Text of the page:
CXCR4 and CCR5 shRNA transgenic CD34+ cell derived macrophages are functionally normal and resist HIV-I infection

Joseph S Anderson, Ramesh Akkina

Research output: Contribution to journalArticle

54 Citations (Scopus)

Abstract

Background: Stable simultaneous knock down of the HIV-1 coreceptors CCR5 and CXCR4 is a promising strategy to protect cells from both R5 macrophage tropic and X4 T cell tropic as well as dual tropic viral infections. The potency of shRNAs in targeted gene silencing qualifies them as powerful tools for long term HIV gene therapy. Our previous work with a bispecific lentiviral vector containing CXCR4 and CCR5 shRNAs showed efficacy in down regulating both coreceptors and conferring viral resistance to both X4 and R5-tropic strains of HIV-1 in cultured cell lines. To extend these results to a stem cell gene therapy setting, here we show transduction of primary CD34+ hematopoietic progenitor cells to derive normal end stage cells that are resistant to HIV-1 infection. Results: The bispecific XHR lentiviral vector harboring CXCR4 and CCR5 shRNA expression cassettes was efficient in transducing CD34+ cells. The transduced cells gave rise to morphologically normal transgenic macrophages when cultured in cytokine media. There was a marked down regulation of both coreceptors in the stably transduced macrophages which showed resistance to both R5 and X4 HIV-1 strains upon in vitro challenge. Since off target effects by some shRNAs may have adverse effects on transgenic cells, the stably transduced macrophages were further analyzed to determine if they are phenotypically and functionally normal. FACS evaluation showed normal levels of the characteristic surface markers CD14, CD4, MHC class II, and B7.1. Phagocytic functions were also normal. The transgenic macrophages demonstrated normal abilities in up-regulating the costimulatory molecule B7.1 upon LPS stimulation. Furthermore, IL-1 and TNFα cytokine secretion in response to LPS stimulation was also normal. Thus, the transgenic macrophages appear to be phenotypically and functionally normal. Conclusion: These studies have demonstrated for the first time that a bispecific lentiviral vector could be used to stably deliver shRNAs targeted to both CCR5 and CXCR4 coreceptors into CD34+ hematopoietic progenitor cells and derive transgenic macrophages. Transgenic macrophages with down regulated coreceptors were resistant to both R5 and X4 tropic HIV-1 infections. The differentiated cells were also phenotypically and functionally normal indicating no adverse effects of shRNAs on lineage specific differentiation of stem cells. It is now possible to construct gene therapeutic lentiviral vectors incorporating multiple shRNAs targeted to cellular molecules that aid in HIV-1 infection. Use of these vectors in a stem cell setting shows great promise for sustained HIV/AIDS gene therapy.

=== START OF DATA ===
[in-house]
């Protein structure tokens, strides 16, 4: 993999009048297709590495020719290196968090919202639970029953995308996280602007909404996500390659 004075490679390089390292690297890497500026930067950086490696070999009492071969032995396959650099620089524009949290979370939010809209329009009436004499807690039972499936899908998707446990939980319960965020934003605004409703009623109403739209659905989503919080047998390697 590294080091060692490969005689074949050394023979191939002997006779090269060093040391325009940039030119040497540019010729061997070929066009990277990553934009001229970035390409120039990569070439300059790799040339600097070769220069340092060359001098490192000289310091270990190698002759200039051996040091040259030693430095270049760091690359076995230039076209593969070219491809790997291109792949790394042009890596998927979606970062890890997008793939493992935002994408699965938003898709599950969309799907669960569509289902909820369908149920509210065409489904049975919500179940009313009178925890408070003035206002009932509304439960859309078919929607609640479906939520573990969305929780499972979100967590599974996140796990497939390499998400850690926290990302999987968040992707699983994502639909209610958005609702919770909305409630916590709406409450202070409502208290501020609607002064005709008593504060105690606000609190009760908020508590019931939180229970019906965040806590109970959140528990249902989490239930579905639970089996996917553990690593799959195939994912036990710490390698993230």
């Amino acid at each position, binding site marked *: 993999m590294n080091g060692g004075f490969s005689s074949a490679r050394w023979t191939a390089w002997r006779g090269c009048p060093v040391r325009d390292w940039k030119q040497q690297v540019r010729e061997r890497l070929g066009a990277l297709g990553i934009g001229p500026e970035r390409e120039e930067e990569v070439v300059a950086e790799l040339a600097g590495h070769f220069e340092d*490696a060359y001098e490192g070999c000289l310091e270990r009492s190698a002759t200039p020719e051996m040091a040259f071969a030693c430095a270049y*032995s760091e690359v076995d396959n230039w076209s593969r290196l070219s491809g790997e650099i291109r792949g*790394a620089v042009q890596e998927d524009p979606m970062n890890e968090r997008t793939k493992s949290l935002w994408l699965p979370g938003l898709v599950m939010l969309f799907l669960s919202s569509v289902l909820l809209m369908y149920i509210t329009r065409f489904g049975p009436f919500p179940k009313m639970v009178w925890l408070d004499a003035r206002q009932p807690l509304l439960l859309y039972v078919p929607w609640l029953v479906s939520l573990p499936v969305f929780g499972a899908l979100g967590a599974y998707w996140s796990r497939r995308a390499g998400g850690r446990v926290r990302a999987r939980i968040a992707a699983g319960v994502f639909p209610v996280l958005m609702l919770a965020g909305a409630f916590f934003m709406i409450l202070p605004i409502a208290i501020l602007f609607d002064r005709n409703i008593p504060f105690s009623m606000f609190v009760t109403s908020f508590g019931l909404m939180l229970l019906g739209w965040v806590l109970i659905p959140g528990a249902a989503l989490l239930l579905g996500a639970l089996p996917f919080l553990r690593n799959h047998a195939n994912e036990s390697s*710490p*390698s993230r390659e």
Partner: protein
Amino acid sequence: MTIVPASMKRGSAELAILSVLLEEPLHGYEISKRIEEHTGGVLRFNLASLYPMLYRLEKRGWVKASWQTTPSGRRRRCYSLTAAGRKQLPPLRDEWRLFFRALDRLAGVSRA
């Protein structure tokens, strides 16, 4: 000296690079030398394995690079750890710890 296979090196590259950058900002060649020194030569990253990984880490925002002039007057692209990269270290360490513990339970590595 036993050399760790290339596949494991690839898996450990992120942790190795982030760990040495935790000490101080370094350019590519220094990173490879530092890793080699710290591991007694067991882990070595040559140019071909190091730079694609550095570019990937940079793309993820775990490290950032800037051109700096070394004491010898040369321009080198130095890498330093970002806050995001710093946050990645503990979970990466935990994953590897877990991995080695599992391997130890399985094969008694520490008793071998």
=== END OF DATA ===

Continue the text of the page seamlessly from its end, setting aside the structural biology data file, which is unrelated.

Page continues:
Original languageEnglish (US)
Article number53
JournalRetrovirology
Volume2
DOIs
StatePublished - Aug 18 2005
Externally publishedYes

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Small Interfering RNA
HIV Infections
HIV-1
Macrophages
Genetic Therapy
Stem Cells
Hematopoietic Stem Cells
HIV
Cytokines
Gene Silencing
Virus Diseases